Counting my own adult GC as well as the step-GC, there are 10 and about 15 GGC.

Fennel Thu 11-Jul-19 12:25:35

semiruralgirl I'm in that position too, though my husband (2nd) has only one grand daughter and she's an adult now.
But I used to feel a bit miffed when it was all "Grandad this and Grandad that" as you say.
I think there are a few reasons, especially if the child's biological Gran is still around.
In our case it was part of the split loyalties and jealousies that happen in re-constituted families. Very upsetting at times, but the main thing is your relationship with your husband. IMO keeping that strong, and being loyal to eachother is the most important thing.

Floradora9 Thu 11-Jul-19 13:31:18

My DH does this he refers to the house as his house the car as his car etc..

NanaandGrampy Thu 11-Jul-19 13:37:17

I don't think its something to worry about semirural . Everything is mine if you ask our grandchildren and there are no 'steps' involved lol

Its Nana's house and Nana's car - poor old Grampy doesn't get a look in . In fact he asked the smallest one who else lives in Nana's house , the little one thought for a minute and replied ' Sam!'.

Sam is our dog !!

ElaineI Thu 11-Jul-19 13:45:30

I wouldn't worry about this. We have no steps and our DGC and DDs tend to say "Granny's this" and "Papa's that" even though things are ours. It's very long winded to say 'Granny and Papa's this and that" in fact it is usually said when the DGC are doing something they shouldn't like climbing on the table (baby) and kicking the ball at the bedding plants (toddler and 5 year old).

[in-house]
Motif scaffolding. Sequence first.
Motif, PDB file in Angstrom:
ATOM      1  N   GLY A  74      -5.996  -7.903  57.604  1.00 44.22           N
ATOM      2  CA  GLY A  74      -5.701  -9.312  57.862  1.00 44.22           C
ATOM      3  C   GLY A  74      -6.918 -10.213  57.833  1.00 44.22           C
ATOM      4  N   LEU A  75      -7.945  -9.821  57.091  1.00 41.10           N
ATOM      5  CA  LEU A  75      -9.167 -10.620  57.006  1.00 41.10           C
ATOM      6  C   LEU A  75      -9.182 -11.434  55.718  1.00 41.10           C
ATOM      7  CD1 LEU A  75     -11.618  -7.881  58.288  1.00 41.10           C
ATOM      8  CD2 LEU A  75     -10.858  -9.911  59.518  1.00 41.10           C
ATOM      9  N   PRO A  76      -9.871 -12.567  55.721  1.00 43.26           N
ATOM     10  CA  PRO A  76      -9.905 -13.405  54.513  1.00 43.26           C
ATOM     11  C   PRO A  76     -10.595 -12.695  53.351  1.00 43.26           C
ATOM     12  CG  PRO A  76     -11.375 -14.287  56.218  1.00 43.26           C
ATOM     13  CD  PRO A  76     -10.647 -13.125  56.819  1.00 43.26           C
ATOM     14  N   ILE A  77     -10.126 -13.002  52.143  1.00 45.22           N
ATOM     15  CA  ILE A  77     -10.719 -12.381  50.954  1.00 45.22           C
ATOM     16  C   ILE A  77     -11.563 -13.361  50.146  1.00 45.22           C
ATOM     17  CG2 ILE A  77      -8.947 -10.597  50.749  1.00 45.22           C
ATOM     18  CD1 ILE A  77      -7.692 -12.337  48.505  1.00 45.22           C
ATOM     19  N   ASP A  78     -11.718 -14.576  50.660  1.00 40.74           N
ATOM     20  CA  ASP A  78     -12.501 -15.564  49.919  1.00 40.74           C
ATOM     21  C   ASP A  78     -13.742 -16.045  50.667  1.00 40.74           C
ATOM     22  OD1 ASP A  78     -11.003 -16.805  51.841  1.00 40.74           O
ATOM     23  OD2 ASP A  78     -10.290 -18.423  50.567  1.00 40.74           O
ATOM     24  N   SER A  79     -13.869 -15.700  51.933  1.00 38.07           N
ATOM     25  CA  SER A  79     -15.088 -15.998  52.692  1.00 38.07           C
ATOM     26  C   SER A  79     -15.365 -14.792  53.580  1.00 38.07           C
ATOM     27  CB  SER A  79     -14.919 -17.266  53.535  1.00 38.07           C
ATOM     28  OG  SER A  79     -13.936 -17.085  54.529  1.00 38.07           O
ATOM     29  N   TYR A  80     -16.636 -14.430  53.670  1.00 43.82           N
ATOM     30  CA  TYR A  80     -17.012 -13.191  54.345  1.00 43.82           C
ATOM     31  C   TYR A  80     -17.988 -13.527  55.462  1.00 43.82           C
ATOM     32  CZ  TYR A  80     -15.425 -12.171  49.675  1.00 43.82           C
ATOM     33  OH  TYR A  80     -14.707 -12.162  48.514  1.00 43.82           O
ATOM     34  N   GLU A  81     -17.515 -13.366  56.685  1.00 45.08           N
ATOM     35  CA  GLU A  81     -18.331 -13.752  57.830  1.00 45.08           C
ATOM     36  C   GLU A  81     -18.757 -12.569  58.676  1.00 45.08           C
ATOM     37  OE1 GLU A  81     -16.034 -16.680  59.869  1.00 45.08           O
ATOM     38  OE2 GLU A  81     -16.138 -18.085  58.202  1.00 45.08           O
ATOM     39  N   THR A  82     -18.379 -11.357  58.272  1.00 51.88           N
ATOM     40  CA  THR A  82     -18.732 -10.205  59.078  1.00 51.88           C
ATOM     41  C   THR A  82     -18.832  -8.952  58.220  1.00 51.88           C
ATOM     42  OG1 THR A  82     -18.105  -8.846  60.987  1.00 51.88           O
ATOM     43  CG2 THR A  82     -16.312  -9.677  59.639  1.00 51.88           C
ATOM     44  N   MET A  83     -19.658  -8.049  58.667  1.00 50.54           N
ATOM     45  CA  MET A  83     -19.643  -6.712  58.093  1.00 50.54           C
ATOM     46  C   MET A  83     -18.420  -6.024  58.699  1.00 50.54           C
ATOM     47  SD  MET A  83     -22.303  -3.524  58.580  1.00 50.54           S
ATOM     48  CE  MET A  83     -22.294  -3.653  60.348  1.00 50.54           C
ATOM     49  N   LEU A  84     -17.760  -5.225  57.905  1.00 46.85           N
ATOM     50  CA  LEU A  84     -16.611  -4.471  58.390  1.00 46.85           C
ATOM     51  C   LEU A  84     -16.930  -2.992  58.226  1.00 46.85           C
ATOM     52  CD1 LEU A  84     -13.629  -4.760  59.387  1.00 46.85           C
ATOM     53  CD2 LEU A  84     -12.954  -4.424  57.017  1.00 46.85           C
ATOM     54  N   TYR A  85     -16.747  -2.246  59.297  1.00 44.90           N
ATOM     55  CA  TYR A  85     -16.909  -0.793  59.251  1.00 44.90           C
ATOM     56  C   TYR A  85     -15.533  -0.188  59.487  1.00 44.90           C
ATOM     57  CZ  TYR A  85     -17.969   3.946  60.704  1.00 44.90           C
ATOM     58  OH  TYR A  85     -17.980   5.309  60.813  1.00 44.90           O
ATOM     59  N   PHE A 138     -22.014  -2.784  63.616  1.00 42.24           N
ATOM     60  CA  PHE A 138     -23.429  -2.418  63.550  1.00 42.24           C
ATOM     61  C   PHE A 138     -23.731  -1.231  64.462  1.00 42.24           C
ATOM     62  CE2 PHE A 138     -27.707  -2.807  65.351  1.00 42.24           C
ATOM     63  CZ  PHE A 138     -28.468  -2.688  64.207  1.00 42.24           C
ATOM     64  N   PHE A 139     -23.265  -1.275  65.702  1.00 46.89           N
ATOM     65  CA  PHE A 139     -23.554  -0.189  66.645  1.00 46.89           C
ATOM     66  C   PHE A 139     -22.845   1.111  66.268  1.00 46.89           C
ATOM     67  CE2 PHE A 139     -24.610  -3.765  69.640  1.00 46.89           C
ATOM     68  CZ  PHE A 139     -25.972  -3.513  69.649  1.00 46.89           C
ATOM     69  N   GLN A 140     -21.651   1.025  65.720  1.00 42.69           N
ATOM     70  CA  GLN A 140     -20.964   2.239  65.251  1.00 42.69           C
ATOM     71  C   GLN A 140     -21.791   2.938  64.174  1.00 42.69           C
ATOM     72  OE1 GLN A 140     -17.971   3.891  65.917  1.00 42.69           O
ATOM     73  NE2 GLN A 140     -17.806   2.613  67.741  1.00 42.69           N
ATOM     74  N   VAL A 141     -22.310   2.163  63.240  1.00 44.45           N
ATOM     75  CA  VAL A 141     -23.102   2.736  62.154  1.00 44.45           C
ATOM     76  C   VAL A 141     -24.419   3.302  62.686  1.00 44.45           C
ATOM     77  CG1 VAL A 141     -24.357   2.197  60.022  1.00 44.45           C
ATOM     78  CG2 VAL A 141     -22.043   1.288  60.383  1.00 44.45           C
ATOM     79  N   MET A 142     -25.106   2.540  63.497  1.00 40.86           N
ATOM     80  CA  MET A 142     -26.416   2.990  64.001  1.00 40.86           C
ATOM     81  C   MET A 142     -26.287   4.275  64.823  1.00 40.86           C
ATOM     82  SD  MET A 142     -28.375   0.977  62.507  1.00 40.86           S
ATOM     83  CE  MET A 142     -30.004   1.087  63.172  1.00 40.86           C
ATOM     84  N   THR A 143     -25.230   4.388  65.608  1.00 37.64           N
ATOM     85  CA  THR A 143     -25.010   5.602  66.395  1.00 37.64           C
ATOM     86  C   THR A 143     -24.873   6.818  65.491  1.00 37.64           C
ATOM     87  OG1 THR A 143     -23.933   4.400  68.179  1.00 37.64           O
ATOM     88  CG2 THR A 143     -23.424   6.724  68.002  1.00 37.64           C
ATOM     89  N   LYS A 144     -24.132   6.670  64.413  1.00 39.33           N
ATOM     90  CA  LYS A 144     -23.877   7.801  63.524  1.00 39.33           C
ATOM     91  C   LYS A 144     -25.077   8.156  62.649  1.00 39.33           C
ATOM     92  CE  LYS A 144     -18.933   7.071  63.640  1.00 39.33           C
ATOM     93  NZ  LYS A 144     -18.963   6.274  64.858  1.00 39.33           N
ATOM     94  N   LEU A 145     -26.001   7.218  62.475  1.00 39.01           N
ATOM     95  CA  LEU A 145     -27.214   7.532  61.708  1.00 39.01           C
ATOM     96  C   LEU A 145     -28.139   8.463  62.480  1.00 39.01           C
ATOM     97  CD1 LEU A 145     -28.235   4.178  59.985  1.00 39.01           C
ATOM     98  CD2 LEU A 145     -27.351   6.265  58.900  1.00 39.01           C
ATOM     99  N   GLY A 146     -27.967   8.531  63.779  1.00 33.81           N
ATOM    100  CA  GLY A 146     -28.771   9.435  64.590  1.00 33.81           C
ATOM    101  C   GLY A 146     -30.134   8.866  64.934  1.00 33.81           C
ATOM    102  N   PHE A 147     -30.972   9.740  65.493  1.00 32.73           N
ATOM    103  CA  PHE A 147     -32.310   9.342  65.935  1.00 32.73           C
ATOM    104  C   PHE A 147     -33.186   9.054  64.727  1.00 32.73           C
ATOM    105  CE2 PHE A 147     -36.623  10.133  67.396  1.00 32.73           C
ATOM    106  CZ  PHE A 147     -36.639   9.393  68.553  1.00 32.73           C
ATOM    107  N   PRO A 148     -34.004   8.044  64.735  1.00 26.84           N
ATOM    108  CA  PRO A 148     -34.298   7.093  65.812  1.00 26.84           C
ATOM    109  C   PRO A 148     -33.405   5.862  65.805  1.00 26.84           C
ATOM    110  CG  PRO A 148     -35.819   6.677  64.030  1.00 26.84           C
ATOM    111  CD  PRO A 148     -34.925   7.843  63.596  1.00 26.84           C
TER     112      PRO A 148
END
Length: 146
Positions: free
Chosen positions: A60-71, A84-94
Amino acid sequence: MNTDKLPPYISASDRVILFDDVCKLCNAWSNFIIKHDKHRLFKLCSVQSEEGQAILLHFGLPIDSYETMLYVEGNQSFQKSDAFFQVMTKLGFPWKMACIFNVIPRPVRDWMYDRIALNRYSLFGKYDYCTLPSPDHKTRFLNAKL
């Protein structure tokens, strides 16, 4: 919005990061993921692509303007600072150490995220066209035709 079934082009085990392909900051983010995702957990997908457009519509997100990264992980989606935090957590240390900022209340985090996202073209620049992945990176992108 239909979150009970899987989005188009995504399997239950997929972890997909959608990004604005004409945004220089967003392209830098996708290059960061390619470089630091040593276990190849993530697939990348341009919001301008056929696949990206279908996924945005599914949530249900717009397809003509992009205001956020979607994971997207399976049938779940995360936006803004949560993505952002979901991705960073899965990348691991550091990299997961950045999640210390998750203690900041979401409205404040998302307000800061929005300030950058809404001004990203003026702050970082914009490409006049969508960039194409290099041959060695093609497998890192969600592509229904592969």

NotSpaghetti Fri 12-Jul-19 08:28:25

Yes, NanaandGrampy is right.
Even now, when my parents are long since departed, my adult children refer to Granny's house rather than Granny and Grandpa's. Absolutely nothing is meant by it and we have no stepchildren in our family.

Witchypoo Fri 12-Jul-19 08:34:20

When husband of forty years died all step children, grandchildren and great grandchildren just vanished. We bought up the children as mum wasnt involved. Hurt cannot explain it. All alone

Cabbie21 Fri 12-Jul-19 08:39:09

It is the same here as the OP. We don’t see much of the youngest grandchild as they live at a distance and whilst we all get on well when we are together, we don’t have much contact between visits, or much in common. It is DH’s son’s child, and it is all about Grandad. His son refers to me as Granny Cabbie, making it clear I am one step removed. There are no other grandparents in the picture, so I don’t see why. But in the end it doesn’t really matter.